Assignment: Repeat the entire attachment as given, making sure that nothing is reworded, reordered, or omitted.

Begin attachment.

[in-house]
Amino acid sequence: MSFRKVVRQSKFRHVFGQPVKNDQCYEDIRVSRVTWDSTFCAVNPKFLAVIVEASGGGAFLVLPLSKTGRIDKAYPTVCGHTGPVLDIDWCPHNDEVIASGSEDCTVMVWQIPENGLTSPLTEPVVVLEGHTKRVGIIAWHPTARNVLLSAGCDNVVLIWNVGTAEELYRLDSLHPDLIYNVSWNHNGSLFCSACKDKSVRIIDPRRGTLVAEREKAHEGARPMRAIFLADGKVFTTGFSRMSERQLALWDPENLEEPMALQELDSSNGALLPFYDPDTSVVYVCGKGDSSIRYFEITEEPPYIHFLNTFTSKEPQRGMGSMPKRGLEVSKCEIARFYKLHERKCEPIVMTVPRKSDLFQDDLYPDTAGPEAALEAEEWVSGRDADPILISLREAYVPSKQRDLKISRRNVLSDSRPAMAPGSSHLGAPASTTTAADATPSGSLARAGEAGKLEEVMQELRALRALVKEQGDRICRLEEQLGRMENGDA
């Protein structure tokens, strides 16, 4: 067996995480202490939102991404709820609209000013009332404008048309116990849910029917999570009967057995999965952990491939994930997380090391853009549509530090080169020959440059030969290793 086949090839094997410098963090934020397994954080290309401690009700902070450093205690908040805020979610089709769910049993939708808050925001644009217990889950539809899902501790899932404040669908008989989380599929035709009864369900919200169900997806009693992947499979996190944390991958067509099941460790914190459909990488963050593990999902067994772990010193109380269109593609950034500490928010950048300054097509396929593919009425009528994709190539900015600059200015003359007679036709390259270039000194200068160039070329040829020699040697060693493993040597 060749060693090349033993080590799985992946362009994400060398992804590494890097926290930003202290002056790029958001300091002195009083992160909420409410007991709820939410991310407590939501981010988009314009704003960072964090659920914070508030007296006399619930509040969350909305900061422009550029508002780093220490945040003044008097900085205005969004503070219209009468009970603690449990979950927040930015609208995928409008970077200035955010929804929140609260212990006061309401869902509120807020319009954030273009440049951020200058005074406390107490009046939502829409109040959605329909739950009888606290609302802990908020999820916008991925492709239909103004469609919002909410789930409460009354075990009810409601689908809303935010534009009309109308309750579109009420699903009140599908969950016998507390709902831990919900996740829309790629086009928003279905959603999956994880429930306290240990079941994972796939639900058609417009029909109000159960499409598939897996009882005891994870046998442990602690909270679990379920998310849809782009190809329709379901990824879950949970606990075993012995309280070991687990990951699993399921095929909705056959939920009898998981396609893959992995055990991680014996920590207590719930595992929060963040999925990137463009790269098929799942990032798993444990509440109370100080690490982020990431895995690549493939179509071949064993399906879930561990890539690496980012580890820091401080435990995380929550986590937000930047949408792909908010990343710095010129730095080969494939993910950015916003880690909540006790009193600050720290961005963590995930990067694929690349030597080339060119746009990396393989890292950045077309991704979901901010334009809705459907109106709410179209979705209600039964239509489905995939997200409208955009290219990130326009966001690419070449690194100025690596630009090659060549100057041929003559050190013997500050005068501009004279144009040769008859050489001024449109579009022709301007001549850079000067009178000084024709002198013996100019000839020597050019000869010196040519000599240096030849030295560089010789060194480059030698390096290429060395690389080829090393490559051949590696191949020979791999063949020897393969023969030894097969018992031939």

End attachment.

[in-house]
Amino acid sequence: MSFRKVVRQSKFRHVFGQPVKNDQCYEDIRVSRVTWDSTFCAVNPKFLAVIVEASGGGAFLVLPLSKTGRIDKAYPTVCGHTGPVLDIDWCPHNDEVIASGSEDCTVMVWQIPENGLTSPLTEPVVVLEGHTKRVGIIAWHPTARNVLLSAGCDNVVLIWNVGTAEELYRLDSLHPDLIYNVSWNHNGSLFCSACKDKSVRIIDPRRGTLVAEREKAHEGARPMRAIFLADGKVFTTGFSRMSERQLALWDPENLEEPMALQELDSSNGALLPFYDPDTSVVYVCGKGDSSIRYFEITEEPPYIHFLNTFTSKEPQRGMGSMPKRGLEVSKCEIARFYKLHERKCEPIVMTVPRKSDLFQDDLYPDTAGPEAALEAEEWVSGRDADPILISLREAYVPSKQRDLKISRRNVLSDSRPAMAPGSSHLGAPASTTTAADATPSGSLARAGEAGKLEEVMQELRALRALVKEQGDRICRLEEQLGRMENGDA
């Protein structure tokens, strides 16, 4: 067996995480202490939102991404709820609209000013009332404008048309116990849910029917999570009967057995999965952990491939994930997380090391853009549509530090080169020959440059030969290793 086949090839094997410098963090934020397994954080290309401690009700902070450093205690908040805020979610089709769910049993939708808050925001644009217990889950539809899902501790899932404040669908008989989380599929035709009864369900919200169900997806009693992947499979996190944390991958067509099941460790914190459909990488963050593990999902067994772990010193109380269109593609950034500490928010950048300054097509396929593919009425009528994709190539900015600059200015003359007679036709390259270039000194200068160039070329040829020699040697060693493993040597 060749060693090349033993080590799985992946362009994400060398992804590494890097926290930003202290002056790029958001300091002195009083992160909420409410007991709820939410991310407590939501981010988009314009704003960072964090659920914070508030007296006399619930509040969350909305900061422009550029508002780093220490945040003044008097900085205005969004503070219209009468009970603690449990979950927040930015609208995928409008970077200035955010929804929140609260212990006061309401869902509120807020319009954030273009440049951020200058005074406390107490009046939502829409109040959605329909739950009888606290609302802990908020999820916008991925492709239909103004469609919002909410789930409460009354075990009810409601689908809303935010534009009309109308309750579109009420699903009140599908969950016998507390709902831990919900996740829309790629086009928003279905959603999956994880429930306290240990079941994972796939639900058609417009029909109000159960499409598939897996009882005891994870046998442990602690909270679990379920998310849809782009190809329709379901990824879950949970606990075993012995309280070991687990990951699993399921095929909705056959939920009898998981396609893959992995055990991680014996920590207590719930595992929060963040999925990137463009790269098929799942990032798993444990509440109370100080690490982020990431895995690549493939179509071949064993399906879930561990890539690496980012580890820091401080435990995380929550986590937000930047949408792909908010990343710095010129730095080969494939993910950015916003880690909540006790009193600050720290961005963590995930990067694929690349030597080339060119746009990396393989890292950045077309991704979901901010334009809705459907109106709410179209979705209600039964239509489905995939997200409208955009290219990130326009966001690419070449690194100025690596630009090659060549100057041929003559050190013997500050005068501009004279144009040769008859050489001024449109579009022709301007001549850079000067009178000084024709002198013996100019000839020597050019000869010196040519000599240096030849030295560089010789060194480059030698390096290429060395690389080829090393490559051949590696191949020979791999063949020897393969023969030894097969018992031939």